GlobeSt: The Drivers Behind Logistics Warehousing’s Bright Future

By Paul Bergeron | GLOBEST.COM

GlobeSt: The Drivers Behind Logistics Warehousing’s Bright Future

Noyack Capital Partners finds mobility hubs (structured parking), cold storage warehousing, dry warehousing, and healthcare creating asymmetric risk-reward potential.

Multiple important economic trends and strong forecasts for the logistics warehousing industry make it a commercial real estate investment sector that should perform solidly today and in the coming years.

Net effective rents, absorption, consumption and the sector’s position as a hedge against inflation are making it attractive. Even the supply chain management breakdown is a potential boon to these investors.

Perhaps no analyst firm is more bullish about logistics than Noyack Capital Partners, which recently issued a report detailing how and why demand for logistics infrastructure in mobility hubs (structured parking), cold storage warehousing, dry warehousing, and healthcare creates asymmetric risk-reward potential.

Noyack assesses current market conditions to identify attractive, yield-generating assets in the near term.

“Over the long run, we believe Noyack is uniquely positioned to tap into unrealized revenue opportunities by bringing planned innovations to the logistics supply chain as the rapid adoption of ecommerce accelerates the digitization of the American economy,” said C.J. Follini, Principal, Noyack Capital Partners.

Logistics Makes Supply Chain Work

Trade and commerce are the lifeblood of the global economy, and the supply chain is its circulatory system, according to the report.

Trucking fleets and container ships, railcars and terminals—logistics is the often-overlooked infrastructure that makes it all possible. Logistics infrastructure—warehouses, distribution facilities, fulfillment centers—stands at the center of this constantly evolving ecosystem. The centrality of logistics to global commerce, and the underlying trends driving demand and change, make logistics real estate an attractive business.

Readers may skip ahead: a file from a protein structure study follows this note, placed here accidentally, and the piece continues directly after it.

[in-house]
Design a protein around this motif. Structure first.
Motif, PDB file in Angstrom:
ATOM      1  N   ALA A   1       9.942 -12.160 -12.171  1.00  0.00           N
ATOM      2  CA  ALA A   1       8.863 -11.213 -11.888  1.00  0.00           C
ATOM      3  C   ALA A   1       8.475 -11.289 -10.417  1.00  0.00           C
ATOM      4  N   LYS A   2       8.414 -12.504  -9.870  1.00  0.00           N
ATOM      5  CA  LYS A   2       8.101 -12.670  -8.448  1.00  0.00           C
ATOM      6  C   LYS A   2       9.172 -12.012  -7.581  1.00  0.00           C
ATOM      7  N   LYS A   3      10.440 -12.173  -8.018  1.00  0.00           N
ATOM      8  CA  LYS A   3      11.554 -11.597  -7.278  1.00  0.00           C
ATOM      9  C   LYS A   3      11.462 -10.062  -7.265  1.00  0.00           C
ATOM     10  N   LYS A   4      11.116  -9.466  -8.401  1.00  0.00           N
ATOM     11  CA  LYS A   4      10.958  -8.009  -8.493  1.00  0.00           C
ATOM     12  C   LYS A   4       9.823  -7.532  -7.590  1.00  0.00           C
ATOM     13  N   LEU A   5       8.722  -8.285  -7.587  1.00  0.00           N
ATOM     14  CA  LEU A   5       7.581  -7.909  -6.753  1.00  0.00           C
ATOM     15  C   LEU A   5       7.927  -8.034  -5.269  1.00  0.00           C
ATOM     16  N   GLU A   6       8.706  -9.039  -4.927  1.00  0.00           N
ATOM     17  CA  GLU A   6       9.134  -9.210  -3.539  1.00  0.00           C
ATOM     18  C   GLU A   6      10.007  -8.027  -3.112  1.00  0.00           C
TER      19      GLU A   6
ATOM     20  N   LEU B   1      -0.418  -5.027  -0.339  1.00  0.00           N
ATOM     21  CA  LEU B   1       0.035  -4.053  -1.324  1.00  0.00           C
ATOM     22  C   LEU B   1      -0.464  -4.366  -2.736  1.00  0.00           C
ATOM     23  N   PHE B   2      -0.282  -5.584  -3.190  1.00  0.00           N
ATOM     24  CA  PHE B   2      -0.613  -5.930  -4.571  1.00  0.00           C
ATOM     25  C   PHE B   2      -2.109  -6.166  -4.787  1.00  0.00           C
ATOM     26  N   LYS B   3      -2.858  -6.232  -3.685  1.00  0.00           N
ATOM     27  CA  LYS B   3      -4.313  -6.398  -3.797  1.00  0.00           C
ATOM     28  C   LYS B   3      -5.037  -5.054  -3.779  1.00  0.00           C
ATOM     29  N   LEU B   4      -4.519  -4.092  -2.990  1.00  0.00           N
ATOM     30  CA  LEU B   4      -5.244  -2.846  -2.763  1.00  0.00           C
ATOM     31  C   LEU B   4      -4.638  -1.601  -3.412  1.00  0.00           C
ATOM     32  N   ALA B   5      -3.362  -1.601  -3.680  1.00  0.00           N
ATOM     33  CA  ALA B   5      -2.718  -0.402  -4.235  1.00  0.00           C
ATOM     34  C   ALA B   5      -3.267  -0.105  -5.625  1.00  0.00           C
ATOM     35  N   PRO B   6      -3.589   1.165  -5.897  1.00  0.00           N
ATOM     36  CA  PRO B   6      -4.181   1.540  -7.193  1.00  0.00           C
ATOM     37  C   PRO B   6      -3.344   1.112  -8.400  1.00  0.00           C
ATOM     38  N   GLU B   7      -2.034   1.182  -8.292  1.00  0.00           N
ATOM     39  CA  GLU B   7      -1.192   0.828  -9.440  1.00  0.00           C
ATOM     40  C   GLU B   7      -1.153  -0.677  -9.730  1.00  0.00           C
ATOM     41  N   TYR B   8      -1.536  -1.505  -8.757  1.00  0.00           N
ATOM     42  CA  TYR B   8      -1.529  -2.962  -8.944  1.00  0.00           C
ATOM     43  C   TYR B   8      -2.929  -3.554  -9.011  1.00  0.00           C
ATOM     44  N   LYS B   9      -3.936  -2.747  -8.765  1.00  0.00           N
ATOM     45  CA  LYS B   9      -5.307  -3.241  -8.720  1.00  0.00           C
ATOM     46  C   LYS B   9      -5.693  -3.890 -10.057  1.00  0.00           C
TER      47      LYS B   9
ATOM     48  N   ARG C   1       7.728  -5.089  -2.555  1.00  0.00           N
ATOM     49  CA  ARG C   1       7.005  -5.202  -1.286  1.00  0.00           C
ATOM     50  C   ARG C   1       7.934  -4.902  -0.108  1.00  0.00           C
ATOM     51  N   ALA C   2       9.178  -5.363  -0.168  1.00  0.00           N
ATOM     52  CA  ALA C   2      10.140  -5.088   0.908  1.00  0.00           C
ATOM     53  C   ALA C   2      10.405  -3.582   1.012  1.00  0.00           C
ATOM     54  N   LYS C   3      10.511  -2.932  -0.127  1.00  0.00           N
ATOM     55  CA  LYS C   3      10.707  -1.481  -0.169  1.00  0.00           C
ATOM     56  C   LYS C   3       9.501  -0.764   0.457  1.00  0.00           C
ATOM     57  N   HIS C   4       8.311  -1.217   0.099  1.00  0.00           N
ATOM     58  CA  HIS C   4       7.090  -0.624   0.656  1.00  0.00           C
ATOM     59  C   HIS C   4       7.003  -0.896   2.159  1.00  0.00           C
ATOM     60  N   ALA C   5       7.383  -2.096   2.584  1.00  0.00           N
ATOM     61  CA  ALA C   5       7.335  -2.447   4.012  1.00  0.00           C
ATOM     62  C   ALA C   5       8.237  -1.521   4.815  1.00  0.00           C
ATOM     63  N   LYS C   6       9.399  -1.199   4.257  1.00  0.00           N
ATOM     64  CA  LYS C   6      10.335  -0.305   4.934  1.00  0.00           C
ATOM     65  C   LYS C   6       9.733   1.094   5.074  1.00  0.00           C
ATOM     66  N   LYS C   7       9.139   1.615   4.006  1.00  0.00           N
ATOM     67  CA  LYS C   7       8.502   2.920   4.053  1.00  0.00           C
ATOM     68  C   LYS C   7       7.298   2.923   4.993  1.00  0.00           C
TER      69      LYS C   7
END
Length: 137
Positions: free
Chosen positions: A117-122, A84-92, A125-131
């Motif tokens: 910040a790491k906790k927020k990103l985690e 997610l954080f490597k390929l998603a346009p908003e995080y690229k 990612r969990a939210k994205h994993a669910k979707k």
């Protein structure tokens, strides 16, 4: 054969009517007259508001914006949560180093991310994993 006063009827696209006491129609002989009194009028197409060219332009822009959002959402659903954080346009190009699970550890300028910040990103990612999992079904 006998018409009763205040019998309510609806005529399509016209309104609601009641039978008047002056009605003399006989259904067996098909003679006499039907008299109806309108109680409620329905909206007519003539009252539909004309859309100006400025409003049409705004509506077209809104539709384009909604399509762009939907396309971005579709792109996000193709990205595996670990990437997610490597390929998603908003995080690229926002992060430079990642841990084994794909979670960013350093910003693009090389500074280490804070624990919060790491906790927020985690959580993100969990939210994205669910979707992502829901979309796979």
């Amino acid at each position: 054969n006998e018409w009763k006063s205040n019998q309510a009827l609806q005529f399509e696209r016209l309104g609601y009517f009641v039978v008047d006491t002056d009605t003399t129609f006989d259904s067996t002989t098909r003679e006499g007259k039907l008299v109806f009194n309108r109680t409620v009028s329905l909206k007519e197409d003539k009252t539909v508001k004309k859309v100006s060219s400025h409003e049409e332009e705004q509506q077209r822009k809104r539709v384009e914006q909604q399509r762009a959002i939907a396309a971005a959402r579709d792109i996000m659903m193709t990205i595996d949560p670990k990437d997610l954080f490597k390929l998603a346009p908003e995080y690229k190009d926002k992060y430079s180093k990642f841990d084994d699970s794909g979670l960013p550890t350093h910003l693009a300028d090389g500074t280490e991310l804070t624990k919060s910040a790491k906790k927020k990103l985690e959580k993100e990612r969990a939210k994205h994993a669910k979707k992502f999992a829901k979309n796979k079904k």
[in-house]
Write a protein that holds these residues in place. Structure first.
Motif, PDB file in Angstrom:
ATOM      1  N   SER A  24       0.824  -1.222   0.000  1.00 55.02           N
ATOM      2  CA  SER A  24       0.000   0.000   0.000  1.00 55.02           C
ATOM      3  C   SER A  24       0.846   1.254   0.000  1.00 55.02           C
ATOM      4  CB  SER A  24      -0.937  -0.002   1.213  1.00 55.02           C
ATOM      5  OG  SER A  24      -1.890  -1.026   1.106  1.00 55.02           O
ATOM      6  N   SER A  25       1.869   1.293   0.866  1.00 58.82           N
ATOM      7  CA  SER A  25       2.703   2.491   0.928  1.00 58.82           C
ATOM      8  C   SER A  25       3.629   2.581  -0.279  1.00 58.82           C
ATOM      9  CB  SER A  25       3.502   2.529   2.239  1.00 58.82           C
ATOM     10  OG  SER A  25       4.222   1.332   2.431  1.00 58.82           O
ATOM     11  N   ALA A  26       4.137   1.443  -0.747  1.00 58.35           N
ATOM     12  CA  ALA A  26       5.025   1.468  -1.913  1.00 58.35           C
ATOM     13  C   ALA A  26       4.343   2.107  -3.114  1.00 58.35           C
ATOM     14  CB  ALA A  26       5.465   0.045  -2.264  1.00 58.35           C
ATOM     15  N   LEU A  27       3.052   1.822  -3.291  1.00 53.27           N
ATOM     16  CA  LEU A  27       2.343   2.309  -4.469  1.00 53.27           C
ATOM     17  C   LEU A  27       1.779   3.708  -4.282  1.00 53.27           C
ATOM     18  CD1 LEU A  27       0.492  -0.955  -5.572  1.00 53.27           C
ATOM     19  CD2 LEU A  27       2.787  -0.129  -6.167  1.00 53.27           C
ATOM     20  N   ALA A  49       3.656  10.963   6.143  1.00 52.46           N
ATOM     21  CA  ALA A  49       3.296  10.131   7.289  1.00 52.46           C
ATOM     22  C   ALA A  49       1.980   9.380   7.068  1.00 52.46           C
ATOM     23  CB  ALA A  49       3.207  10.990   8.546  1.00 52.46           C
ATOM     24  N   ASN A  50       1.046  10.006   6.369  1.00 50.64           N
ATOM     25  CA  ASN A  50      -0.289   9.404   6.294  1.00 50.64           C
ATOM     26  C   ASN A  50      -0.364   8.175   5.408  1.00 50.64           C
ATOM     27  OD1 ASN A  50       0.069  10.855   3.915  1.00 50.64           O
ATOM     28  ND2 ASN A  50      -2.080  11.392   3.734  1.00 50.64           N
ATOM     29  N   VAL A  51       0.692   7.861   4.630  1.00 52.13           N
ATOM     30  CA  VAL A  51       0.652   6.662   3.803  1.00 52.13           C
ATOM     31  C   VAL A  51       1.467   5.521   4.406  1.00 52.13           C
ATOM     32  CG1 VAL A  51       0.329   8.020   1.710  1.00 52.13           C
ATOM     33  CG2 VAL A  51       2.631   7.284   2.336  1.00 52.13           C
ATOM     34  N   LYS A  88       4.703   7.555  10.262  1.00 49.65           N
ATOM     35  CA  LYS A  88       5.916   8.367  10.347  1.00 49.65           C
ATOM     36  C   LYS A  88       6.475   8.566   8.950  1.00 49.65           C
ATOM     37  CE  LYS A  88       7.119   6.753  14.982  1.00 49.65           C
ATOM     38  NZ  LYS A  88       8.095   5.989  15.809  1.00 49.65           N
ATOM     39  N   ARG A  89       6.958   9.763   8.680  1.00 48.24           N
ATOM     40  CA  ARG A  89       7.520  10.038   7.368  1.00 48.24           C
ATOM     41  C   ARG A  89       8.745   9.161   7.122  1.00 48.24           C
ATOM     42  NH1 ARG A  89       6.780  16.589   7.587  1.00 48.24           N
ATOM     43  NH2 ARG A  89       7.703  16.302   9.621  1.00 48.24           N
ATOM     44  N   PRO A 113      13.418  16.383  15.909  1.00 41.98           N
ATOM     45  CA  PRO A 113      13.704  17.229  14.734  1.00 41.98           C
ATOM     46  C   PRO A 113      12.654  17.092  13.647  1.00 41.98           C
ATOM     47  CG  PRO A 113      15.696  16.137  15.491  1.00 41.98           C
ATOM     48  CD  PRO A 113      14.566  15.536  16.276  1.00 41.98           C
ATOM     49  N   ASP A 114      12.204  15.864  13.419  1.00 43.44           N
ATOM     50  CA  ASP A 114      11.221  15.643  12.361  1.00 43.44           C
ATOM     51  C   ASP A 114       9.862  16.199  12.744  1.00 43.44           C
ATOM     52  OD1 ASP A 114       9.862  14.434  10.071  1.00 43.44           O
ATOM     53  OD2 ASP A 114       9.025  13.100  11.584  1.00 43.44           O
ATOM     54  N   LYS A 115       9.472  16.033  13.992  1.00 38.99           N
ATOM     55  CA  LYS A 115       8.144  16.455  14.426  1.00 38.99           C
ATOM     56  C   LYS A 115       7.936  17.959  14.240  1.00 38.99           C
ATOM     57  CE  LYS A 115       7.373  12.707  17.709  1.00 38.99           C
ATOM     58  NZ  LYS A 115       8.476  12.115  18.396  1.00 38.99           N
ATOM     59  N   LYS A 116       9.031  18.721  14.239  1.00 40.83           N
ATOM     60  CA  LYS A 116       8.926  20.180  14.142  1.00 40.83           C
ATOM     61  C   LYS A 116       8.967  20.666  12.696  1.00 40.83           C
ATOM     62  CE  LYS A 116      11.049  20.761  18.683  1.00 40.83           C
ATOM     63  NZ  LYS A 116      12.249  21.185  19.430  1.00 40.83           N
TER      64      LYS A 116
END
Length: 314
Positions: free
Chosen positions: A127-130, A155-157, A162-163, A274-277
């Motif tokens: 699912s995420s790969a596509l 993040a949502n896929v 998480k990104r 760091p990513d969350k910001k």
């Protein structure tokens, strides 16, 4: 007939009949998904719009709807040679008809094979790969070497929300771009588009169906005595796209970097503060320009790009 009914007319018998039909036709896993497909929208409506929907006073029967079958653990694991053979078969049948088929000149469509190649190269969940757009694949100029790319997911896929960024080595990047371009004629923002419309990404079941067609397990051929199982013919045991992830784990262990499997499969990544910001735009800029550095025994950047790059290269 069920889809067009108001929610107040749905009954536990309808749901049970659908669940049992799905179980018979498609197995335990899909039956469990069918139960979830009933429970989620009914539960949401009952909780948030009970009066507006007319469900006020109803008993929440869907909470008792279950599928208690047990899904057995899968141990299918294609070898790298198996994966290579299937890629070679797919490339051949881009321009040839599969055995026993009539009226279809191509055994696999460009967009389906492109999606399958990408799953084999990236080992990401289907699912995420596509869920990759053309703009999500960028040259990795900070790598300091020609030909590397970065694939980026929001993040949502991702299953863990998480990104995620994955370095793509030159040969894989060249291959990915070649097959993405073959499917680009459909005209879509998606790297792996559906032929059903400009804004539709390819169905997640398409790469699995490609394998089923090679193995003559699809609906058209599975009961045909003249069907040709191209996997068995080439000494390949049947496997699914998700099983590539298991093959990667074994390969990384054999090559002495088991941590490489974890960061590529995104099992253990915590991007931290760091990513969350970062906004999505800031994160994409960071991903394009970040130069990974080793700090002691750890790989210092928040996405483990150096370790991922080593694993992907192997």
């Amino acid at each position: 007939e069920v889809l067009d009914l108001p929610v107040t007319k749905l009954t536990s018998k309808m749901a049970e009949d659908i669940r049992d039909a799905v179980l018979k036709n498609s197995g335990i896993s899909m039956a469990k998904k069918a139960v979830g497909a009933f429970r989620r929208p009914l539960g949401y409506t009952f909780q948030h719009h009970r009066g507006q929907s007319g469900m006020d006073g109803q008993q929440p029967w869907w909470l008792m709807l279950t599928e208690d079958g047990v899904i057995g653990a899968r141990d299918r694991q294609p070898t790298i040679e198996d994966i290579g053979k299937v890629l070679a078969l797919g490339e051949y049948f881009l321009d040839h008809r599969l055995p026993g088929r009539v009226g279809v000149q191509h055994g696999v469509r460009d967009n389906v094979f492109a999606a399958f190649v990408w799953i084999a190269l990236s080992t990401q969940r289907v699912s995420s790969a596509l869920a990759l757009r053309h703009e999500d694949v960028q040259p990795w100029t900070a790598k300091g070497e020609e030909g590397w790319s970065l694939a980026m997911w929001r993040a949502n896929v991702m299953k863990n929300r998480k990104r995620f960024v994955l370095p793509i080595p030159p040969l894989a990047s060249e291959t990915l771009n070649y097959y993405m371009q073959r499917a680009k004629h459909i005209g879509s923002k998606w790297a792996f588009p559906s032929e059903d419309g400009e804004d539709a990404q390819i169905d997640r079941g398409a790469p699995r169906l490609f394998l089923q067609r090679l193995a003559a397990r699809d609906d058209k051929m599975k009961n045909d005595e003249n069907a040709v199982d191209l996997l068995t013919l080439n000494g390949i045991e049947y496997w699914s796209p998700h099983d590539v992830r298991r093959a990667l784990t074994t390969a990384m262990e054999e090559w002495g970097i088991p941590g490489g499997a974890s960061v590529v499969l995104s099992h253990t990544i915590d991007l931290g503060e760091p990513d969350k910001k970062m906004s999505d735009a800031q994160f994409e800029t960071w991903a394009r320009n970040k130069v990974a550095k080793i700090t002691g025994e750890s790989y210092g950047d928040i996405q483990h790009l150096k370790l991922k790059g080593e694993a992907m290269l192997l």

“Demographic trends, the rapid pace of technological change, and COVID-19 have transformed how we live and our notion of what is possible, driving an evolution in retail and boosting demand for logistics infrastructure,” Noyack continued. “Same-day delivery and just-in-time distribution require 3x more fulfillment space than brick-and-mortar retail.

Follini said, “The current disruptions throughout global supply chains are furthering the ‘pull-forward’ of the industrial cycle in that procurement departments and buyers are doubling their product and supply purchases and storing them in domestic warehouses just to meet the holiday season’s anticipated demand.

“Pandemic-related growth of grocery e-commerce and same-day delivery alone compressed five years of the evolution of consumer behavior change into a single year. Not surprisingly, the controlled-climate area of the supply chain lacks sufficient infrastructure, so it is an area we will pay close attention to moving forward.”

After all, online order fulfillment requires more than 3x the logistics space of brick-and-mortar because:

  • All inventory is stored within a warehouse.
  • Online storefronts offer greater product variety due to unlimited digital “shelf space.”
  • Higher volatility in sales patterns necessitates deeper inventory levels.
  • Parcel shipping requires more space than shipping pallets.
  • Many e-fulfillment operations include value-add activities such as assembly and reverse logistics.

Taken together, this intensity of use generates substantial incremental demand as a greater proportion of retail goods are sold online…

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